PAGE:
When we need motivation, music can be just the thing to give us a boost — during workouts or even in the workplace. It’s hard not to bounce along to Pharrell Williams' "Happy,” or to feel anything but empowered by Katy Perry's "Roar." For teamwork, Queen’s "We Are the Champions" has a distinctively affirmative message. And many sports teams have used Journey’s "Don't Stop Believin’” as an anthem/soundtrack for perseverance — for players and fans.
Lyrics can speak to us in ways that ordinary words don’t, tickling our sensitivities and leading to introspection that can bring about change. Taylor Swift’s hit song “Anti-Hero,” has some surprising insights about the importance of self-awareness and the dangers of labeling people. Let’s take a look at the chorus to see what we can learn.
It's me, hi, I'm the problem, it's me
At tea time, everybody agrees
I'll stare directly at the sun but never in the mirror
It must be exhausting always rooting for the anti-hero
It’s easy to define a hero — someone with courage or extraordinary achievements, like a fictional Marvel comics superhero, a real-life firefighter, a blood donor with a rare and life-saving antibody, or even a tech innovator.
What’s an anti-hero and what role does an anti-hero play at the office? Anti-heroes may not have super powers, and often have flawed, darker sides, but still manage to triumph. Some of the working world’s most notable anti-heroes are nonconforming mavericks who followed their own paths: Apple Computer co-founder Steve Jobs; lifestyle guru Martha Stewart; and Elon Musk, the founder of SpaceX and co-founder of Tesla, to name a few.
Swift's a music superstar, but the song suggests that while she’s proud of her accomplishments, she’s also fearful she’s not living up to the expectations of others. She finds it hard to acknowledge her flaws, and while flaws can make us relate to one another, they can also lead to destructive paths. Does she, or doesn’t she deserve her success? That’s a question she asks herself.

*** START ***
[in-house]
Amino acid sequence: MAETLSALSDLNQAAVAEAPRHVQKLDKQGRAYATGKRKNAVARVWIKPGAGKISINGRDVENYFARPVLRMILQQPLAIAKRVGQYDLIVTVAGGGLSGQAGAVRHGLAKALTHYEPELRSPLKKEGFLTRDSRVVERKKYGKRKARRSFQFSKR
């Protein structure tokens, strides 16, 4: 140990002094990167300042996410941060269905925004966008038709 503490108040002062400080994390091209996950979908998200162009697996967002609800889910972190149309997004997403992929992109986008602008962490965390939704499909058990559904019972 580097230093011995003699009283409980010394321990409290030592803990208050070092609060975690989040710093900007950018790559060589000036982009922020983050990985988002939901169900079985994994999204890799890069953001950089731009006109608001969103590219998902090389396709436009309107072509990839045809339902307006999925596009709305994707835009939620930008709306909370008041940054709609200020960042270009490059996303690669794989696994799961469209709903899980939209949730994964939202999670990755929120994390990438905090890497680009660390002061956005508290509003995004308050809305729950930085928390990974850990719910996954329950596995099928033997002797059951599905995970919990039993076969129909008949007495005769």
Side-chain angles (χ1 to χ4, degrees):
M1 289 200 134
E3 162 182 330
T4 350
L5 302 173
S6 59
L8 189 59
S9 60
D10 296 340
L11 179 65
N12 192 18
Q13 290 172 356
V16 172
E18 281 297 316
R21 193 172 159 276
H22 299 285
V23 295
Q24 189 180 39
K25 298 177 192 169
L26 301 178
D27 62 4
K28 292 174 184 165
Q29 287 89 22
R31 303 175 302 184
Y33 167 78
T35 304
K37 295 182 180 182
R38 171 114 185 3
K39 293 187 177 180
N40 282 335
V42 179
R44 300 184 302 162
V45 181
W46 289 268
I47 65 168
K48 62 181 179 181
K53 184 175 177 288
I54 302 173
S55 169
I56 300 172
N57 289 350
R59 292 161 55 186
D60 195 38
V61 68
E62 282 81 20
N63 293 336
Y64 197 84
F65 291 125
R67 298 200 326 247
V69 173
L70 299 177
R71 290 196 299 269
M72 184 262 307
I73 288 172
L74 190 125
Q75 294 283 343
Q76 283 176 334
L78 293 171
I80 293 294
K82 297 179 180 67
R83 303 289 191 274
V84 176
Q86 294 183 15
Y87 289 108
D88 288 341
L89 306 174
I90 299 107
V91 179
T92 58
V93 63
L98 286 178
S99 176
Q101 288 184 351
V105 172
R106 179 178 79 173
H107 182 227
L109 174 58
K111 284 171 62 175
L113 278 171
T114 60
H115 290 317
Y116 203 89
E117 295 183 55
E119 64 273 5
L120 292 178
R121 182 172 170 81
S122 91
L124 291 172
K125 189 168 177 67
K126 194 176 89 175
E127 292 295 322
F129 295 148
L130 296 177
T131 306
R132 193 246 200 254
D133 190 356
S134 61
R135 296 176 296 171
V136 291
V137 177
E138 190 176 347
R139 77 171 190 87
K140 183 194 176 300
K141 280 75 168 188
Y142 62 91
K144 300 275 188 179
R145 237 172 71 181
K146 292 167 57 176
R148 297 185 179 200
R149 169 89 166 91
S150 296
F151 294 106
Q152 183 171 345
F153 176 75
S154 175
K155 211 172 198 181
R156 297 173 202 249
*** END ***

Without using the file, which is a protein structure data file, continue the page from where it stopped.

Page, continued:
When we worry that we don’t belong, or don’t fit in — to a team, to a workplace culture — we can feel like imposters. That can lead to self-deprecating language, which can unintentionally undermine our self-worth and confidence. If others lack confidence in us, it could result in the use of belittling language to describe or unfairly label us. And when people are pigeonholed on the basis of arbitrary characteristics like age, gender, or personality traits, it can spiral into labels like "difficult," "lazy," or "unreliable." That can further affect how teams interact with people who are labeled, and even hinder their career growth and advancement.
Swift’s song suggests that engaging in self-awareness and acknowledging our own flaws and weaknesses is a way of overcoming our doubts and regaining self-worth.
How can we overcome limitations and labels in real life?
At Reflect, we’ve created an AI communication coach that works in a constructive way to identify and combat gendered, ageist, sexist, racist, and ableist language that can undermine or diminish individuals and their contributions. It can identify different aspects of an individual’s written and video communication, such as empathy, positivity, and confidence. Reflect AI can help users understand their strengths and weaknesses as well as help them break free from the limitations of labels and stereotypes.
When we ran Swift’s chorus through our Reflect communication coach, it came back with this prompt:
By communicating in a way that shows our strength and confidence, we can overcome our doubts — and become the heroes of our own stories.
Carolyne Zinko is Alphy’s Editorial Director.
Reflect by Alphy®, our AI-powered coach, helps you and your team communicate in a more productive way. Reflect analyzes communication from all angles — ageism, sexism, racism, confidence, sentiment, apologies, and more — to make you aware of your words, tone, and speech across all your devices, from desktop to mobile.